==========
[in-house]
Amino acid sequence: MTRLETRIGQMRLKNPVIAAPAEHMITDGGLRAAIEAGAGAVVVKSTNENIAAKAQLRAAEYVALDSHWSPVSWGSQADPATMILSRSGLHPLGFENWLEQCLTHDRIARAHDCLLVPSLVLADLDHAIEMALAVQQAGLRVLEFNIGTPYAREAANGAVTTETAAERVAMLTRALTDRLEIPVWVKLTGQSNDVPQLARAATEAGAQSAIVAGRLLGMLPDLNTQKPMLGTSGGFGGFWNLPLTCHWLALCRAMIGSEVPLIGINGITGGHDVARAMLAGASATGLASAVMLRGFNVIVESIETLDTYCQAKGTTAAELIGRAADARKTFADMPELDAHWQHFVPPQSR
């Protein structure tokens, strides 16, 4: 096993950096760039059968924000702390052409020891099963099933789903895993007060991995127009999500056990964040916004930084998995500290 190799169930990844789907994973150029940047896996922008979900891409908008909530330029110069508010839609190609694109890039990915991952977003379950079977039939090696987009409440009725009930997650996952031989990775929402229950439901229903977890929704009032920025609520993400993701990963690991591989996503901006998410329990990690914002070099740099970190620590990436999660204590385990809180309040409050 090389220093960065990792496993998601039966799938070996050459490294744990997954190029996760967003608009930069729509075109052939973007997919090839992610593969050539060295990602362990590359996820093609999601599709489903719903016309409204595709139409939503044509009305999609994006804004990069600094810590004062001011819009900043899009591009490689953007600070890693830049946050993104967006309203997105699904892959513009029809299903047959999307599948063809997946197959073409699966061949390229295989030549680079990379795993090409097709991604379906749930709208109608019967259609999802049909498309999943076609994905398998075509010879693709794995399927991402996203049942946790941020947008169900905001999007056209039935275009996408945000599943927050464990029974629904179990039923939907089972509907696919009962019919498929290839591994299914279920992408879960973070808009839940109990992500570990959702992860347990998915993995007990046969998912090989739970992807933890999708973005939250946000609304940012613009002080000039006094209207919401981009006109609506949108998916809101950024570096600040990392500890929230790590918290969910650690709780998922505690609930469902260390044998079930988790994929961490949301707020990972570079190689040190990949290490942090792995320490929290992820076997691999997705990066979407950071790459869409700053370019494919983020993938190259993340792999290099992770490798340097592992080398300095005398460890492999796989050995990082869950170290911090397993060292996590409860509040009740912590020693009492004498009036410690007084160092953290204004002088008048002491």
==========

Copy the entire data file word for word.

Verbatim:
[in-house]
Amino acid sequence: MTRLETRIGQMRLKNPVIAAPAEHMITDGGLRAAIEAGAGAVVVKSTNENIAAKAQLRAAEYVALDSHWSPVSWGSQADPATMILSRSGLHPLGFENWLEQCLTHDRIARAHDCLLVPSLVLADLDHAIEMALAVQQAGLRVLEFNIGTPYAREAANGAVTTETAAERVAMLTRALTDRLEIPVWVKLTGQSNDVPQLARAATEAGAQSAIVAGRLLGMLPDLNTQKPMLGTSGGFGGFWNLPLTCHWLALCRAMIGSEVPLIGINGITGGHDVARAMLAGASATGLASAVMLRGFNVIVESIETLDTYCQAKGTTAAELIGRAADARKTFADMPELDAHWQHFVPPQSR
């Protein structure tokens, strides 16, 4: 096993950096760039059968924000702390052409020891099963099933789903895993007060991995127009999500056990964040916004930084998995500290 190799169930990844789907994973150029940047896996922008979900891409908008909530330029110069508010839609190609694109890039990915991952977003379950079977039939090696987009409440009725009930997650996952031989990775929402229950439901229903977890929704009032920025609520993400993701990963690991591989996503901006998410329990990690914002070099740099970190620590990436999660204590385990809180309040409050 090389220093960065990792496993998601039966799938070996050459490294744990997954190029996760967003608009930069729509075109052939973007997919090839992610593969050539060295990602362990590359996820093609999601599709489903719903016309409204595709139409939503044509009305999609994006804004990069600094810590004062001011819009900043899009591009490689953007600070890693830049946050993104967006309203997105699904892959513009029809299903047959999307599948063809997946197959073409699966061949390229295989030549680079990379795993090409097709991604379906749930709208109608019967259609999802049909498309999943076609994905398998075509010879693709794995399927991402996203049942946790941020947008169900905001999007056209039935275009996408945000599943927050464990029974629904179990039923939907089972509907696919009962019919498929290839591994299914279920992408879960973070808009839940109990992500570990959702992860347990998915993995007990046969998912090989739970992807933890999708973005939250946000609304940012613009002080000039006094209207919401981009006109609506949108998916809101950024570096600040990392500890929230790590918290969910650690709780998922505690609930469902260390044998079930988790994929961490949301707020990972570079190689040190990949290490942090792995320490929290992820076997691999997705990066979407950071790459869409700053370019494919983020993938190259993340792999290099992770490798340097592992080398300095005398460890492999796989050995990082869950170290911090397993060292996590409860509040009740912590020693009492004498009036410690007084160092953290204004002088008048002491």